Last week's price rise, totaling roughly 10 percent, was initiated by the large drop in U.S. oil rigs in early October. U.S. oil-directed rigs fell to a five-year low of 614 a few weeks ago, according to Baker Hughes, and then to 605 on Friday.
Further, the U.S. Energy Information Administration estimates that U.S. crude production dropped by 120,000 barrels per day to a 12-month low of 9.01 million barrels per day in September from August. The EIA also raised its oil-demand growth forecasts for 2015 and 2016, while cutting 2015 non-OPEC supply growth. U.S. oil demand continued to expand at a solid pace, up 3.5 percent year-on-year to 19.98 million barrels per day in July.
Finally, senior executives made a number of upbeat comments about the oil price at an industry conference in London. Among others, Fatih Birol, executive director of the International Energy Agency, described this year's oil-investment cuts as the biggest in the history of the sector, with spending on upstream projects down at least 20 percent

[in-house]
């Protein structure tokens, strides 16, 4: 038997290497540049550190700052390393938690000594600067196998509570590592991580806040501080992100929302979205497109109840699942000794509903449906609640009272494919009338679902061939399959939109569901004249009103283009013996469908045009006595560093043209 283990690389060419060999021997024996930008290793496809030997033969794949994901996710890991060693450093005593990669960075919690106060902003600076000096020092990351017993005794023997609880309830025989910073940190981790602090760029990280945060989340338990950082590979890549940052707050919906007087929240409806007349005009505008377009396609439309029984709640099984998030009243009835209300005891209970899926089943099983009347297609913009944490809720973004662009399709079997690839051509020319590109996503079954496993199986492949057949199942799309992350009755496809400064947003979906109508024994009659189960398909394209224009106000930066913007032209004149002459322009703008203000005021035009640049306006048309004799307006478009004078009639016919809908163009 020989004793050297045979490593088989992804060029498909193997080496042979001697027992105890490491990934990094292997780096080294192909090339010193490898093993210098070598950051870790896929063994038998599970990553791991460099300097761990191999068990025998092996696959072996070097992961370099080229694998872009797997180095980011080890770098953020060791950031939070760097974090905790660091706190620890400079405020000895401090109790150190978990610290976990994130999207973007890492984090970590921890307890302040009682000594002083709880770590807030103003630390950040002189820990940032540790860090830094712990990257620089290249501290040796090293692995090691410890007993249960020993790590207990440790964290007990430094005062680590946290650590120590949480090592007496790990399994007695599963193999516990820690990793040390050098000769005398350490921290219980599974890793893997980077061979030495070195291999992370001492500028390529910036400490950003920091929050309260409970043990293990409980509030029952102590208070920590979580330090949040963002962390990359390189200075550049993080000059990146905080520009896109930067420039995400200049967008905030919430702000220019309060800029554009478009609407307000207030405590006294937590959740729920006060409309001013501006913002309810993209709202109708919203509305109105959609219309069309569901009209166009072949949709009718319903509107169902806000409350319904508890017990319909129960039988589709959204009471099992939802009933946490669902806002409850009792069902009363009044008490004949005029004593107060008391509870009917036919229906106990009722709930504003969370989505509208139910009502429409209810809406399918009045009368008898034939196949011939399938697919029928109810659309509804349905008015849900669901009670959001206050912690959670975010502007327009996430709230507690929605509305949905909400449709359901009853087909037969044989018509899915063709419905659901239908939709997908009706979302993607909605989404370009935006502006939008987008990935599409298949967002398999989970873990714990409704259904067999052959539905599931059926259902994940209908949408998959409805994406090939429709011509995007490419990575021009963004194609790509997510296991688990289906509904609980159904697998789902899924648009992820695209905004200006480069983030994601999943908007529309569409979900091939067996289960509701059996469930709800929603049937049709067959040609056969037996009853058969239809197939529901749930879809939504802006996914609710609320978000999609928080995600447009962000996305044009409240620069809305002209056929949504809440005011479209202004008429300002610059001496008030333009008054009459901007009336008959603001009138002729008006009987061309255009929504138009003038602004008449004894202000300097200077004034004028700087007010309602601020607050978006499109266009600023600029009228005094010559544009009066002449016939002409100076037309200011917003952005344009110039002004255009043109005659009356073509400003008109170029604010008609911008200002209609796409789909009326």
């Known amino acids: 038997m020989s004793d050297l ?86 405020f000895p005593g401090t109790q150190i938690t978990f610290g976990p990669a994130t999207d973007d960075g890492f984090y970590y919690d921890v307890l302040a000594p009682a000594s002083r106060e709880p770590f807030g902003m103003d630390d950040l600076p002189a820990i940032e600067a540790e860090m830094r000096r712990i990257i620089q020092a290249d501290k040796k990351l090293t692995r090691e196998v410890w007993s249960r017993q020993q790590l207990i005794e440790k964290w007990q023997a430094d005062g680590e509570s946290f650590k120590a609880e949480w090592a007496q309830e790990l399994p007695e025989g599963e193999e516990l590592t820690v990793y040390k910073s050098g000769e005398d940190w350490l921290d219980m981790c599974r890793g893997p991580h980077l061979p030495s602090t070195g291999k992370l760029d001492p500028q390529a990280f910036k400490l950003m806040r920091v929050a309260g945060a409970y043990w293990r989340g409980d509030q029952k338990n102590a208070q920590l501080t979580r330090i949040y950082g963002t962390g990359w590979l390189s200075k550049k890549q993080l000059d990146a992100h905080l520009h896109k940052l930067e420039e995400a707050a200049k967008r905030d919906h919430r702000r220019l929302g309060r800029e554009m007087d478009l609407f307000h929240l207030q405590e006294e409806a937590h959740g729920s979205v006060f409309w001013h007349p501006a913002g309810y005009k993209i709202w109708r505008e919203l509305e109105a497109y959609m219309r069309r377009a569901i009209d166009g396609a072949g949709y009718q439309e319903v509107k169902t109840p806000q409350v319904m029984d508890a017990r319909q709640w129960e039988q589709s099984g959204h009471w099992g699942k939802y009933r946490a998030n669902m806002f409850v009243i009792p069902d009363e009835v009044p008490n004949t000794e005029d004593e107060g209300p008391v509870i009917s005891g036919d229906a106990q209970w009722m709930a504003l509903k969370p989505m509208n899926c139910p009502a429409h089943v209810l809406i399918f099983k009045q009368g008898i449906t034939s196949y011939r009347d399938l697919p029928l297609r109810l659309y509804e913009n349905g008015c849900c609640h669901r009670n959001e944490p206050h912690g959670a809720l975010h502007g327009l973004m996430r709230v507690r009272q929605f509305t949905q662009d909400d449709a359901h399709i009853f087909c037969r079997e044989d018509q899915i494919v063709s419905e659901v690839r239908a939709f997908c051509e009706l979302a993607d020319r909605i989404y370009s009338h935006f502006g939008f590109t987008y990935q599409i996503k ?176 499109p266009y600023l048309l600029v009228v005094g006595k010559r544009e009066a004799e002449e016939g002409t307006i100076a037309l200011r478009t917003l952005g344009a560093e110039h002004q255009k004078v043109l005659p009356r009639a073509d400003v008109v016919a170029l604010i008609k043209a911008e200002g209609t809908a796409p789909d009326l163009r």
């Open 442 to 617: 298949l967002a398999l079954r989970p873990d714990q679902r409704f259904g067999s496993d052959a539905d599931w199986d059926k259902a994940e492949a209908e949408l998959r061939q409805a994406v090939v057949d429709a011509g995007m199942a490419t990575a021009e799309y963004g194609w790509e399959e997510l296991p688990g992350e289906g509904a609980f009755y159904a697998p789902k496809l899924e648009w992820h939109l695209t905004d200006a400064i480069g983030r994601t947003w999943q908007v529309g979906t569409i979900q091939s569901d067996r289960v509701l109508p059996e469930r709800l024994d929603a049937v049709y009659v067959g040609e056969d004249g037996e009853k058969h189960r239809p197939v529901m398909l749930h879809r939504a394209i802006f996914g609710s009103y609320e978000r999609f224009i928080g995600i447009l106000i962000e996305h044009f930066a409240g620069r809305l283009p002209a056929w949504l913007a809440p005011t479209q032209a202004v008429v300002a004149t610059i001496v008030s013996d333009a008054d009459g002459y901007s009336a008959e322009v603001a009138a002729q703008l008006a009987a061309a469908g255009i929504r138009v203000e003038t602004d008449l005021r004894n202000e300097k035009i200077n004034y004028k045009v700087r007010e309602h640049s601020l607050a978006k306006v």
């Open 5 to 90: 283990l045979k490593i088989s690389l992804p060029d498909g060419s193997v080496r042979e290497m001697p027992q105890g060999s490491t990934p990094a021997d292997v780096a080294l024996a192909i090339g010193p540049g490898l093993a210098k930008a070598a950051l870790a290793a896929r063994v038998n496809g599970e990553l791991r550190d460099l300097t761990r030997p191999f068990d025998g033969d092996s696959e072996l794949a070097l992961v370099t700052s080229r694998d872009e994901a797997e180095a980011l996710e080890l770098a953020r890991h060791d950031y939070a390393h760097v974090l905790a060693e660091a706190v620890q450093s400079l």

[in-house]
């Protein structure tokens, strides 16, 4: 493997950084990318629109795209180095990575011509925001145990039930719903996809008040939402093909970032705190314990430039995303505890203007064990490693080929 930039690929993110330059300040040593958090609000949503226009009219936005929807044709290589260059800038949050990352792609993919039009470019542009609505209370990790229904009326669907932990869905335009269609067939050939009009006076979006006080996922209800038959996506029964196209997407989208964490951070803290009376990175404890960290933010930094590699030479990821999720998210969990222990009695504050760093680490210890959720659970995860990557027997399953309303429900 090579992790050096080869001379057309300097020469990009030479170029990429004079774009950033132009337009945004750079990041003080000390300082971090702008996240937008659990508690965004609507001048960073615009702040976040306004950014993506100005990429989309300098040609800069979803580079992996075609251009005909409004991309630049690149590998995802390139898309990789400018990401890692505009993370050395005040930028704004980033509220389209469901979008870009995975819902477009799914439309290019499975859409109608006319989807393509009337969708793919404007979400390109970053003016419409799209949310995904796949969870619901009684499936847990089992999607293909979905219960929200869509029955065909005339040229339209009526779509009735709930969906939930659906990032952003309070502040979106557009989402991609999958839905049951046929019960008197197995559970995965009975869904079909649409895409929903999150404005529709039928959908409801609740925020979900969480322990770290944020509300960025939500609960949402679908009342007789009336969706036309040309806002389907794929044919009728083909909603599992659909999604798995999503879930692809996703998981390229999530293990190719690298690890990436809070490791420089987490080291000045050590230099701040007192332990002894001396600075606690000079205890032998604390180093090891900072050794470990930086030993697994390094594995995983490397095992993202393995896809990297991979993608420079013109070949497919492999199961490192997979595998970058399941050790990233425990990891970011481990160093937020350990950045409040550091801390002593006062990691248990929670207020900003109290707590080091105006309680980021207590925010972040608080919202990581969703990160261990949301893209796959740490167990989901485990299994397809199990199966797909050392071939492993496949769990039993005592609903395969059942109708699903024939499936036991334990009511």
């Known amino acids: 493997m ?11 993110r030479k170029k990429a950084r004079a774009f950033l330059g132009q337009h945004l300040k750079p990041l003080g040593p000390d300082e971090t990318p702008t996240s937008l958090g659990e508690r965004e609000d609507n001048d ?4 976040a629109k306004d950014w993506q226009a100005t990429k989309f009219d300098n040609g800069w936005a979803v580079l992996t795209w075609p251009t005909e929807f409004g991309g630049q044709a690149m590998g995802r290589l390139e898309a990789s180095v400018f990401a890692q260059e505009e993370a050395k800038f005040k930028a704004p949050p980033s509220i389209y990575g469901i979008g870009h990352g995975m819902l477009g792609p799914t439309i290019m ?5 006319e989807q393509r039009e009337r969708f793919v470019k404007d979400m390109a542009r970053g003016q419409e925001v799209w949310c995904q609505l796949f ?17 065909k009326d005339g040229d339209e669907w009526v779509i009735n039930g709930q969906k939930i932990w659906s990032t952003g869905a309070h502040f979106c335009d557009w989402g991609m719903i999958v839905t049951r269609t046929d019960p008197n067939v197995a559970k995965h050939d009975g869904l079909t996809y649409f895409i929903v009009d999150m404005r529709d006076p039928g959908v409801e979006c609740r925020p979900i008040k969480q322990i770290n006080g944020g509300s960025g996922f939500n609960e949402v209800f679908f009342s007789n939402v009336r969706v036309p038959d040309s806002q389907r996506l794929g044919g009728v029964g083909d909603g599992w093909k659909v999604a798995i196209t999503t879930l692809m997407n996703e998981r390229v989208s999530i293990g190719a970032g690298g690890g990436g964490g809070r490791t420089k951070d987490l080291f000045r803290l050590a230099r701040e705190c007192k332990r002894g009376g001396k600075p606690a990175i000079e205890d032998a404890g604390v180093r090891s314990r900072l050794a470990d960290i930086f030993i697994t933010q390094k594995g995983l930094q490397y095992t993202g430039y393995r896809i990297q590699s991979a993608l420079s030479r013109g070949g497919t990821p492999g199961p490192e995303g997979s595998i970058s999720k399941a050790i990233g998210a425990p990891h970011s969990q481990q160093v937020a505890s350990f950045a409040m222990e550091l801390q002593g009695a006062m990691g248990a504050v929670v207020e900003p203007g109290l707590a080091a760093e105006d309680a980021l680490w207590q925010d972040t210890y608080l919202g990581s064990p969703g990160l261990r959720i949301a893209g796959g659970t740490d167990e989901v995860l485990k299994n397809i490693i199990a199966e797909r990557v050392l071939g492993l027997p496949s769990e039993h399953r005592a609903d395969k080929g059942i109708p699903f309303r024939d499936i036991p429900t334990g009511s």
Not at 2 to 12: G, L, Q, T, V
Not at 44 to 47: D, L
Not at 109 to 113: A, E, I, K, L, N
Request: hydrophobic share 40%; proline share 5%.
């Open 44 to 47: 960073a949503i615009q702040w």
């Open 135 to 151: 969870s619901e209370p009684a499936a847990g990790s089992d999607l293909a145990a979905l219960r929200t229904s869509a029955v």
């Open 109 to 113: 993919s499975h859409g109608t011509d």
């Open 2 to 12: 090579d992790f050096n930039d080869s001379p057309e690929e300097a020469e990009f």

Geopolitical developments have also contributed, with market participants rebuilding an oil-price risk premium attached to potential production outages in the Middle East. Fighting in Syria (and Russia's intervention there), plus attacks by ISIS on production facilities in northern Iraq — all of this has raised the risk of outages occurring.